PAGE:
Wednesday, June 4, 2008

Respekt by Josef Koudelka

To follow up on the fine new Josef Koudelka book from Torst, Invaze 68, a friend of mine reminded me of a rare little item that published several of these images before.

In August of 1990, 47 of Josef’s Prague invasion photographs from 1968 appeared in the Czech weekly news-magazine Respekt. This is an entire issue dedicated to this work and moment in history.

The news-magazine itself is on newspaper type stock (which does not age gracefully) instead of the more common glossy print stock. This staple-bound issue is 32 pages in length and includes a brief text by Anna Farove and Josef in Czech.

What is worth commenting on is the design which seems to have set the pace for how the new book was laid out. The photographs play off one another and at times have a cinematic repetition that denotes movement and a sequence of events through the use of consecutive images. Unlike his other books which insist on the authority of individual photos, this is meant to be a barrage that suggests that more than one perceptive “sense” is being called upon to experience. This work alternates between being the visual equivalent of auditory noise and silence. Silence, of course, filled with molar-crushing tension for the participants.

The magazine’s cover shows Josef’s hand and watch hanging over an empty boulevard. To continue this thought of a watch’s second-hand ticking away and the tension of anticipation, the designers have cleverly enlarged the magazine’s page numbers into oversized weighty blocks of type that sit as markers at the bottom of the page. They push the sequence forward hinting at an ominous outcome.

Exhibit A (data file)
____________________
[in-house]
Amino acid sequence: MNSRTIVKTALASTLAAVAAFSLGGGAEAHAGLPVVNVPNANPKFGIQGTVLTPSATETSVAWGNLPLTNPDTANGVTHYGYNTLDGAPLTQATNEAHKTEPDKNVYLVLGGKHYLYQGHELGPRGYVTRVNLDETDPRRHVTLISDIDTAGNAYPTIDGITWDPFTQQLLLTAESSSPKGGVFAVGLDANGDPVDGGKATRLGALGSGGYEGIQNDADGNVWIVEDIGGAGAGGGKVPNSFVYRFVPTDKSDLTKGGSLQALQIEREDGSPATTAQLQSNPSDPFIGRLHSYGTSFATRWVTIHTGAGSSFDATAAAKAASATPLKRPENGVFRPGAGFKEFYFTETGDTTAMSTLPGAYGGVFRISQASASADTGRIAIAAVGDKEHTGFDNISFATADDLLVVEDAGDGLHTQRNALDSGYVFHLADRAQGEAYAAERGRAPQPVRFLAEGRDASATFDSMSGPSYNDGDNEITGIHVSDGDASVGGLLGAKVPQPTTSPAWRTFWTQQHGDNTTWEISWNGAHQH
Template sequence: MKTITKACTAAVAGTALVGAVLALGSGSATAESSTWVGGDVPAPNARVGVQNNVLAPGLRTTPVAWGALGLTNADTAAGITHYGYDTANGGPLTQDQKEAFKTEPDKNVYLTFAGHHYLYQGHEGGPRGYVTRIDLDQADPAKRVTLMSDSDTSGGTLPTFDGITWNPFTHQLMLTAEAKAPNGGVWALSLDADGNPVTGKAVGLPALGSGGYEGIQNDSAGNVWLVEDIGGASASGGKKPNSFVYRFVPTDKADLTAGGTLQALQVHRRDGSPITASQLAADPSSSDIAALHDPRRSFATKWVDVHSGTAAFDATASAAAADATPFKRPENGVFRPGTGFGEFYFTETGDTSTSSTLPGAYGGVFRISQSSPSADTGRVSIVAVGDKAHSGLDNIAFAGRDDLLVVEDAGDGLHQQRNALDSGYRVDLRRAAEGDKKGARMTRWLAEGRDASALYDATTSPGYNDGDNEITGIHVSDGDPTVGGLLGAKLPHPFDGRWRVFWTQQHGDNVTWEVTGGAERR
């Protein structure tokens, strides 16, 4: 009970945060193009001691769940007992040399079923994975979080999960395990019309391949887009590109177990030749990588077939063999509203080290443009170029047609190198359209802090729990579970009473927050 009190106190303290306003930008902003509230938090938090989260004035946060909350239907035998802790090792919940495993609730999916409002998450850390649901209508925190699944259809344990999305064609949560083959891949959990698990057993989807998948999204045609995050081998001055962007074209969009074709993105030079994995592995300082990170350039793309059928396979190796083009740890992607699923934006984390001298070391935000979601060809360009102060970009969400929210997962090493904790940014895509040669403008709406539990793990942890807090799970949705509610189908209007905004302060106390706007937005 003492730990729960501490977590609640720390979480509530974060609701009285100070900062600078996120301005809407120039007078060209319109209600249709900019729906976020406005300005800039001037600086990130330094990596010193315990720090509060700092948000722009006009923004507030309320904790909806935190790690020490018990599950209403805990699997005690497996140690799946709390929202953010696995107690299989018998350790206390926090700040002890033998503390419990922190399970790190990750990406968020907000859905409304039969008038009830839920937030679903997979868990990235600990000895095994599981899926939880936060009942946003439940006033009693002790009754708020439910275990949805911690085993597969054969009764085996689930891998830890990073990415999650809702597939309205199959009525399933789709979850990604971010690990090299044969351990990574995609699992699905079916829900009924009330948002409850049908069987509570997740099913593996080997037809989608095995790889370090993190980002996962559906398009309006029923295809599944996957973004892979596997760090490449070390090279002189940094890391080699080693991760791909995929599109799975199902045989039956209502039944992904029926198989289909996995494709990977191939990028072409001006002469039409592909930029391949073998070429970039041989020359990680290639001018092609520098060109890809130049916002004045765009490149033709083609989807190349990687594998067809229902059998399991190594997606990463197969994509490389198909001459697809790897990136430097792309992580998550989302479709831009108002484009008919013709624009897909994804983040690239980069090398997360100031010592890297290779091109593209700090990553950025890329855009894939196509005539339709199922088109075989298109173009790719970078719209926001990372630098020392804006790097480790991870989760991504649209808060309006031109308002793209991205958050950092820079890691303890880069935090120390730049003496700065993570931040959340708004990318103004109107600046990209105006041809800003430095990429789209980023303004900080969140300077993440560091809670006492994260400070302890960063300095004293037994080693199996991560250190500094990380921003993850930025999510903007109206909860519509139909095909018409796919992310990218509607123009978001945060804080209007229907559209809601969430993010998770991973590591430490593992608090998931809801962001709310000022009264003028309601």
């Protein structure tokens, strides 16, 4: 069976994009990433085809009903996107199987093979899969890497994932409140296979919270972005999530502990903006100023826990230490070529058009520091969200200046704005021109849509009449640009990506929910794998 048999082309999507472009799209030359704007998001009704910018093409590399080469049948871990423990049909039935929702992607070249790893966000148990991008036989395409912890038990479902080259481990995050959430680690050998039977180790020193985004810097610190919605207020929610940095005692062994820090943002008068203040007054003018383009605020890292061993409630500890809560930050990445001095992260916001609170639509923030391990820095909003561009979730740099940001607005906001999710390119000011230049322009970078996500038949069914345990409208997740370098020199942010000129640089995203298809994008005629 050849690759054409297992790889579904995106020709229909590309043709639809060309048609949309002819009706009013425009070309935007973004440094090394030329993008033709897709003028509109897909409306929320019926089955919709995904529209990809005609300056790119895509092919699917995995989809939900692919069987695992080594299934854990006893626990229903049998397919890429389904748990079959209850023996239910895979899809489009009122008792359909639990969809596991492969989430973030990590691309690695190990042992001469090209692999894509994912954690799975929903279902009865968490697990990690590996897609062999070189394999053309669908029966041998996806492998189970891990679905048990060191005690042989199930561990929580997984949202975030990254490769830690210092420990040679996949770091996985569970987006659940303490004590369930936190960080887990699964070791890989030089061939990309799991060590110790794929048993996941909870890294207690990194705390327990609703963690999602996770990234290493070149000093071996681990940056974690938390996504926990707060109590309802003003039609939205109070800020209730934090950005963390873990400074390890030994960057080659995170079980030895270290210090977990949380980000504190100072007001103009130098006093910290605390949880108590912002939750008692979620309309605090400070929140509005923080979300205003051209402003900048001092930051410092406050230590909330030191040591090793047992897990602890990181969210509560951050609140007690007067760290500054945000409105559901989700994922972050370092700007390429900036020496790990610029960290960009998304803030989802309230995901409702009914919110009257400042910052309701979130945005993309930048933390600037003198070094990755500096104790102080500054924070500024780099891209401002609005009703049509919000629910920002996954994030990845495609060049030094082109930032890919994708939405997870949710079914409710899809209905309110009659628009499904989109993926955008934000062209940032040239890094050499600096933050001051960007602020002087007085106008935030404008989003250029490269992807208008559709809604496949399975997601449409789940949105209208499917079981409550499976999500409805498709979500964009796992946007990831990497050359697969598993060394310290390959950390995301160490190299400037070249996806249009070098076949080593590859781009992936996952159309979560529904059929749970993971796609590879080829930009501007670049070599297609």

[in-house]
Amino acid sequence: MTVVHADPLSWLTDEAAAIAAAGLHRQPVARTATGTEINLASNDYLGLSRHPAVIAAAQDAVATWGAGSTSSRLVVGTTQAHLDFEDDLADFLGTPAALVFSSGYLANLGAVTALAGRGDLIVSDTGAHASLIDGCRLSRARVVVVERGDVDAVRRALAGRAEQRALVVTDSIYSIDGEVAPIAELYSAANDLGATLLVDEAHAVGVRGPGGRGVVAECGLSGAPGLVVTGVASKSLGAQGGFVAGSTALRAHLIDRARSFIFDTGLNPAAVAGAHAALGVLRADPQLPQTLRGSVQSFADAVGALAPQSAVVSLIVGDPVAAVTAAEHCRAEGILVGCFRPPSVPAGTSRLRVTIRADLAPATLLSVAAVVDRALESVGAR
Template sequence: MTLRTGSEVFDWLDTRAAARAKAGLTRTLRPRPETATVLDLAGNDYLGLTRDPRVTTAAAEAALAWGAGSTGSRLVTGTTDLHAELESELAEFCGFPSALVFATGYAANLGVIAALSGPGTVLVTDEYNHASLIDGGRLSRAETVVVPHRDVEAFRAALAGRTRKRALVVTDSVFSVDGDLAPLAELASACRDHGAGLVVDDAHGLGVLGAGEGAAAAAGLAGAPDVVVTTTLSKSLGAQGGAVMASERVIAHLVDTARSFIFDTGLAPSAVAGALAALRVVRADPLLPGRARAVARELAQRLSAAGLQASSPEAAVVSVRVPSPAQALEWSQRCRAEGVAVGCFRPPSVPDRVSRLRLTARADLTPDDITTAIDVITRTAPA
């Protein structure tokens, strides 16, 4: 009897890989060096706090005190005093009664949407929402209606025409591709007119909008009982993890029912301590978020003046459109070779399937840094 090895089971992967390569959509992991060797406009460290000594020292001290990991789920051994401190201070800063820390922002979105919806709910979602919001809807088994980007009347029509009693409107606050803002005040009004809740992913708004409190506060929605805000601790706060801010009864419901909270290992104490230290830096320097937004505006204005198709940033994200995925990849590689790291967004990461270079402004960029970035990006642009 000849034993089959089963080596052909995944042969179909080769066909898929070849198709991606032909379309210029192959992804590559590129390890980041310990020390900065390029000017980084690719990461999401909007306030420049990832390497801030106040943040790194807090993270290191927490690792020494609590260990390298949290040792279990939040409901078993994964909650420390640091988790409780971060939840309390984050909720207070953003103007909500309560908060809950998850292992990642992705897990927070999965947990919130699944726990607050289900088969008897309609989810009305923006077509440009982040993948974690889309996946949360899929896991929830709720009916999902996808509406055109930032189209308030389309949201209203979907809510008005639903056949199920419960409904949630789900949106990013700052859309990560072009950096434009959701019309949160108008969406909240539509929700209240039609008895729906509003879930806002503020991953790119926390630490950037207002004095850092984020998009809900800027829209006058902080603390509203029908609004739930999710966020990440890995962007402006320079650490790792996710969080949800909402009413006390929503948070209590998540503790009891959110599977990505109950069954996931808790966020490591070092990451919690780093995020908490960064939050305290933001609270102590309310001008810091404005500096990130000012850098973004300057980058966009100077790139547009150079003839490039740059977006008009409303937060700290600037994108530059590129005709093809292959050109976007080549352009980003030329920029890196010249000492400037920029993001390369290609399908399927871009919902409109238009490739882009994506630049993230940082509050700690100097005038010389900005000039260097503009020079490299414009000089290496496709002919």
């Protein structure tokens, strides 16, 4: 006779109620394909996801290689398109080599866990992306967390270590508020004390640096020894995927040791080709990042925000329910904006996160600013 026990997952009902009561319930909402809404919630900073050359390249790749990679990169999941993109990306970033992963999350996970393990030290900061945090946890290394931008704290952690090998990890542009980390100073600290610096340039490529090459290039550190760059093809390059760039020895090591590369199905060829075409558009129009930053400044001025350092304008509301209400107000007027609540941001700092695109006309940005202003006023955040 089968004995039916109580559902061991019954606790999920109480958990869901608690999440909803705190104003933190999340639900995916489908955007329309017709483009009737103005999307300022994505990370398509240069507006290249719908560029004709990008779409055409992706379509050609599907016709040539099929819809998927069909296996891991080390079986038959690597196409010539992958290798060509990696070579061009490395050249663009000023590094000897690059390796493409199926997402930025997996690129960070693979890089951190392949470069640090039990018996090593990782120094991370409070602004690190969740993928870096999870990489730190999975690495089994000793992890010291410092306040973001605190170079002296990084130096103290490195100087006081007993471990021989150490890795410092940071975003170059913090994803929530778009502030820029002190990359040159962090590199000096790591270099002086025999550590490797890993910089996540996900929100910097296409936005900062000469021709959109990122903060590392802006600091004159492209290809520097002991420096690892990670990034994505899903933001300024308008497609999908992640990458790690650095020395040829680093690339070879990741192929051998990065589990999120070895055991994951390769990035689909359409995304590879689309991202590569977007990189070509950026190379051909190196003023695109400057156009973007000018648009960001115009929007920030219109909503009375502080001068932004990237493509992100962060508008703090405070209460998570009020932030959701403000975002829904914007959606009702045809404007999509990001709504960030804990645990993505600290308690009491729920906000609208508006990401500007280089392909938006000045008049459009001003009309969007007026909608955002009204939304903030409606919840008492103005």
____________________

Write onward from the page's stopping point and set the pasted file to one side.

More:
I would assume that this magazine would be near impossible to find now 18 years later considering its disposable nature and construction but who knows -- do you have any friends in the Czech Republic -- maybe it’s time to call in some favors.

Note: We all have Ed Grazda to thank for the loan of Respekt. Thanks Ed.

Book Available Here (Josef Koudelka)


Anonymous said...

An even earlier and more obscure group of the 1968 invasion photographs was published over four days in the French newspaper Le Matin from 17 to 10 August 1981with texts by Petr Kral and Milan Kundera. I would love to get my hands on copies of that. Respekt was easy in 1990, I wrote and asked them for it and they sent it to me no charge.

Anonymous said...

p.s. to the above comment (now that I am home with my notes). Sorry, that is 17 to 20 August 1981. The layouts were all selected and designed by Robert Delpire. There are 62 of Koudelka's photographs in the four issues but they still could not be credited to him in name. It was not until the publication of the Photo Poche book at the time of his exhibition at the Hayward Gallery in London in 1984 that the Prague invasion pictures were published under his own name. His father had died and his family was no longer under any danger of reprisal.

Anonymous said...

Million thanks for the info Stuart.

robert said...

jeff ladd- what are your thoughts on fotographer Marc Riboud ? thank you for the pertinent information on Koudelka a true legend both in his time and now, rare.

maybe this is inappropriate here however i'm curious as to your thoughts on contemporary photographers like zoe strauss whom seem to be in the limelight ?
do you think her images will be relevant in the future?

robert said...

jeff- the reason why i brought this up was that sometime ago a blogger made a tree of the worlds most important social documentarians and zoe was on this list. i thought to myself how arrogant as her friend made this list and circulated the tree with branches all over the internet. actually i saw this featured on alec soths blog along time ago. i always felt that her images tended to be exploitative and survived on mere shock value ?

Anonymous said...


I like Riboud but I am not a fan of his books. He has done really fine work for a long time but I never feel the books are very satisfying.

As for Zoe Strauss I only saw one show of hers here in NYC last year and didn't think much of it. I can say that I don't know the work well enough to elaborate. What I saw had no real effect on me though shocking or otherwise.

Anonymous said...

Jeff, Do you know the Riboud book, Women of Japan from 1959? It is not the best but not bad. And there is Les Trois Bannieres de Chine which has too many of the faults of those mid-50s French books, but it is not too bad... certainly these are both better than any subsequent book he ever did. It is a pity.